Haihai, a two-year-old from Inner Mongolia in China, was diagnosed with acute lymphoblastic leukemia after turning one. Since then, he has become an internet sensation, but not because of his illness.
The toddler is amazing at using chopsticks. Videos of the boy eating dexterously with chopsticks have received thousands of views on Kuaishou, a Chinese platform that is similar to Instagram. He manages to expertly eat everything from dumplings to noodles to pancakes with chopsticks.
Haihai, who was diagnosed with the aggressive form of the cancer in January of 2018, had a platelet count of about 1,000. Platelets, which help blood clot, usually range from 150,000 to 450,000. In order to treat the toddler, his family travelled to Beijing and have spent nearly $140,000 on his treatment.
Meet Haihai: a two-year-old chopstick pro, and a strong little cancer fighter.
Posted by South China Morning Post on Thursday, March 14, 2019
Acute lymphoblastic leukemia (ALL) is a cancer of the lymphoid line of blood cells that is characterized by the growth of large numbers of immature lymphocytes. Symptoms include fatigue, pale skin color, fever, easy bleeding or bruising, enlarged lymph nodes, or bone pain.
As an acute leukemia, ALL progresses quickly and is usually fatal within weeks or months if untreated. ALL occurs most commonly in children between the ages of two and five. In the US, it is the most common and fatal cancer among children. Survival for children increased from less than 10% in the 1960s to 90% in 2015.
Soon after his diagnosis, Haihai’s grandmother was told she has terminal breast cancer, though she decided to forego the costly treatment in order to save Haihai. The family has also had to resort to borrowing money from friends and relatives, which has negatively impacted some of their relationships.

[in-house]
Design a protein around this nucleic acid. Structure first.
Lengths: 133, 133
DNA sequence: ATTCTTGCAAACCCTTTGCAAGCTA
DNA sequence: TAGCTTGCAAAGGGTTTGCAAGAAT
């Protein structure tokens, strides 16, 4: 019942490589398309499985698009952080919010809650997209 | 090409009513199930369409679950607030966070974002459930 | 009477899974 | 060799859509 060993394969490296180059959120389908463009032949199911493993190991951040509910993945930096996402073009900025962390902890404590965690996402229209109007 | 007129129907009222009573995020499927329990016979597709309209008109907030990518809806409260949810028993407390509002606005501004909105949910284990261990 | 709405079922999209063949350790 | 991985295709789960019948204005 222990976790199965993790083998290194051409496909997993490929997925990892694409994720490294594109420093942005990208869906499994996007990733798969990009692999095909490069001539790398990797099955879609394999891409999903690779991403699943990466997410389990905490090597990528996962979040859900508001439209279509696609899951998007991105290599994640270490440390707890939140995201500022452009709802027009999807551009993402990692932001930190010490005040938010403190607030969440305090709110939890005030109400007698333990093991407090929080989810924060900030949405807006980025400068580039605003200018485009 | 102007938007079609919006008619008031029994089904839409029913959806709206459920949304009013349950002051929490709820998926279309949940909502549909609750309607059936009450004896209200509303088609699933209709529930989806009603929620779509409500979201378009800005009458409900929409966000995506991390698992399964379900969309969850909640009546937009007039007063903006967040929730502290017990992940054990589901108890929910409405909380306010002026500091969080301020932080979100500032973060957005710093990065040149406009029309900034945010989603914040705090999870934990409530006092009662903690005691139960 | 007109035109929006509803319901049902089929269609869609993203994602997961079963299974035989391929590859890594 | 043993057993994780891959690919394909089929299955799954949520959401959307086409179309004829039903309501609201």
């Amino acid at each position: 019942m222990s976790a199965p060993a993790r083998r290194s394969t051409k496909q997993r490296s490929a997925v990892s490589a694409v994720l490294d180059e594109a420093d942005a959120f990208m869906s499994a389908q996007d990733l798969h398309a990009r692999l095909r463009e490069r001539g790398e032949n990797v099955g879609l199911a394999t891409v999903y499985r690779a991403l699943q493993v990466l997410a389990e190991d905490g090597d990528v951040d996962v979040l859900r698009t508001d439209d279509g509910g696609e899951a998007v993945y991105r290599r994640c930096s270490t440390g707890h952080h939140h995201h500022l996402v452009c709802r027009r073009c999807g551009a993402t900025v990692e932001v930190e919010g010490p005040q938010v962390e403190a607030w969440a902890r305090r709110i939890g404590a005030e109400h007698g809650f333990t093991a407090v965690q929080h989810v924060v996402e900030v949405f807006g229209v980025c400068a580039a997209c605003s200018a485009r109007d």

Twin brothers Cole and Michael Malone know plenty about teamwork. Michael was a perfect-match donor for Cole’s stem cell transplant to treat his acute lymphoblastic leukemia (ALL). When Cole’s cancer relapsed in early 2018, he became one of the first Dana-Farber/Boston Children’s patients to undergo CAR T-cell therapy, a promising new treatment for some of the most challenging cases in pediatric ALL. Now Cole is back to doing what he loves: playing sports with his twin brother.
Posted by Dana-Farber Cancer Institute on Friday, February 22, 2019
In an effort to raise awareness as well as funds for his treatment, Haihai’s parents have turned to social media to chronicle his life. On his Kuaishou site, which is primarily a food channel, the youngster documents his skills with chopsticks, as well as his treatment.
“He always behaves when he has to have his blood drawn or have an injection, but he can’t help but be scared during lumbar punctures,” his mother says. “After all, he’s just a little boy. No matter how strong he is, such pain is hard to take.”
So far, Haihai has had more than 30 lumbar injections in which a needle is inserted into the spine for tests. “The needles that pierce his little body also pierce my heart. The pain I feel is incomparable,” his mother adds. Haihai’s page currently has 970,000 fans. Many have donated food, clothes, toys as well as money.